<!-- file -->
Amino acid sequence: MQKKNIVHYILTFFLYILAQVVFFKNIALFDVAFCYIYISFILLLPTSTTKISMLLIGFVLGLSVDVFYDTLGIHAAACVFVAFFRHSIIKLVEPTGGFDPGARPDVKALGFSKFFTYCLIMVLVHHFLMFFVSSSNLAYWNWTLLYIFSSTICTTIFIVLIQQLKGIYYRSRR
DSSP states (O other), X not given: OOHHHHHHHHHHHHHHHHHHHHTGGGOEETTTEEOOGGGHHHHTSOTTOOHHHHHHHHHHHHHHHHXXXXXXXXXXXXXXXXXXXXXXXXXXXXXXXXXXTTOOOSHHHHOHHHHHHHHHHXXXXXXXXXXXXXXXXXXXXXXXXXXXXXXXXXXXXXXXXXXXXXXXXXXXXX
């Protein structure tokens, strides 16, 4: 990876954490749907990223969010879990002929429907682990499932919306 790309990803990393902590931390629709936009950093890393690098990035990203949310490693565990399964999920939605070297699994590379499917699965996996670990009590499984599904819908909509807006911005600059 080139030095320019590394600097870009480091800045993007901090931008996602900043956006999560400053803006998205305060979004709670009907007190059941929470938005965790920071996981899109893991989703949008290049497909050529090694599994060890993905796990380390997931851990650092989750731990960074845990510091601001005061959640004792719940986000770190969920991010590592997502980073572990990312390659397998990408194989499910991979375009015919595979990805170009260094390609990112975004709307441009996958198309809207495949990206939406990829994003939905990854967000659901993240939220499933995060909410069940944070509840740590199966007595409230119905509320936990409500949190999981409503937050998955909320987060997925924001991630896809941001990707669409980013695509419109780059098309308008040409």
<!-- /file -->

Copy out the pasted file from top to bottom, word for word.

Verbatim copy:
Amino acid sequence: MQKKNIVHYILTFFLYILAQVVFFKNIALFDVAFCYIYISFILLLPTSTTKISMLLIGFVLGLSVDVFYDTLGIHAAACVFVAFFRHSIIKLVEPTGGFDPGARPDVKALGFSKFFTYCLIMVLVHHFLMFFVSSSNLAYWNWTLLYIFSSTICTTIFIVLIQQLKGIYYRSRR
DSSP states (O other), X not given: OOHHHHHHHHHHHHHHHHHHHHTGGGOEETTTEEOOGGGHHHHTSOTTOOHHHHHHHHHHHHHHHHXXXXXXXXXXXXXXXXXXXXXXXXXXXXXXXXXXTTOOOSHHHHOHHHHHHHHHHXXXXXXXXXXXXXXXXXXXXXXXXXXXXXXXXXXXXXXXXXXXXXXXXXXXXX
């Protein structure tokens, strides 16, 4: 990876954490749907990223969010879990002929429907682990499932919306 790309990803990393902590931390629709936009950093890393690098990035990203949310490693565990399964999920939605070297699994590379499917699965996996670990009590499984599904819908909509807006911005600059 080139030095320019590394600097870009480091800045993007901090931008996602900043956006999560400053803006998205305060979004709670009907007190059941929470938005965790920071996981899109893991989703949008290049497909050529090694599994060890993905796990380390997931851990650092989750731990960074845990510091601001005061959640004792719940986000770190969920991010590592997502980073572990990312390659397998990408194989499910991979375009015919595979990805170009260094390609990112975004709307441009996958198309809207495949990206939406990829994003939905990854967000659901993240939220499933995060909410069940944070509840740590199966007595409230119905509320936990409500949190999981409503937050998955909320987060997925924001991630896809941001990707669409980013695509419109780059098309308008040409």